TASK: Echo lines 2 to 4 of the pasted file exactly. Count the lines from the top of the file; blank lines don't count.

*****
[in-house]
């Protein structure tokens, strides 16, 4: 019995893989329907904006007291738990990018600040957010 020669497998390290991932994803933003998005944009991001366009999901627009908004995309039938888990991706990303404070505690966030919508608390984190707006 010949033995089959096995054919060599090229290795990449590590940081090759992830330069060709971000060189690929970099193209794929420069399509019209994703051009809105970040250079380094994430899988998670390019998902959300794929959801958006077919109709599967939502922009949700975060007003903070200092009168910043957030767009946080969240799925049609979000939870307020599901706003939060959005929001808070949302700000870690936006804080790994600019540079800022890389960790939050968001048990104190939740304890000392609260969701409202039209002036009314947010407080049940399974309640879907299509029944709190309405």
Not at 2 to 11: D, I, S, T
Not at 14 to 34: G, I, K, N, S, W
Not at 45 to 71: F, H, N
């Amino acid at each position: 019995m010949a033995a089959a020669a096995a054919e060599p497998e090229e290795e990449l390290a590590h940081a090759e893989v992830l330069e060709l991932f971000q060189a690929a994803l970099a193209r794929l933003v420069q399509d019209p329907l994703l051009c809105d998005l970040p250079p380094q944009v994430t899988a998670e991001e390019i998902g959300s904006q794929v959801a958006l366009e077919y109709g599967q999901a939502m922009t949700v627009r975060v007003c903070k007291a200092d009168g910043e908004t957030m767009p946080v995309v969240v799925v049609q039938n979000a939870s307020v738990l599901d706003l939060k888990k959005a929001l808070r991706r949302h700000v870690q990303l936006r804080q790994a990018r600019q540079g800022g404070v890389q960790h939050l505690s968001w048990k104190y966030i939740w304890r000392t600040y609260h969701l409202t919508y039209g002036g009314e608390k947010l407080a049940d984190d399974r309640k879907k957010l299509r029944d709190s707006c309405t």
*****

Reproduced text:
């Protein structure tokens, strides 16, 4: 019995893989329907904006007291738990990018600040957010 020669497998390290991932994803933003998005944009991001366009999901627009908004995309039938888990991706990303404070505690966030919508608390984190707006 010949033995089959096995054919060599090229290795990449590590940081090759992830330069060709971000060189690929970099193209794929420069399509019209994703051009809105970040250079380094994430899988998670390019998902959300794929959801958006077919109709599967939502922009949700975060007003903070200092009168910043957030767009946080969240799925049609979000939870307020599901706003939060959005929001808070949302700000870690936006804080790994600019540079800022890389960790939050968001048990104190939740304890000392609260969701409202039209002036009314947010407080049940399974309640879907299509029944709190309405």
Not at 2 to 11: D, I, S, T
Not at 14 to 34: G, I, K, N, S, W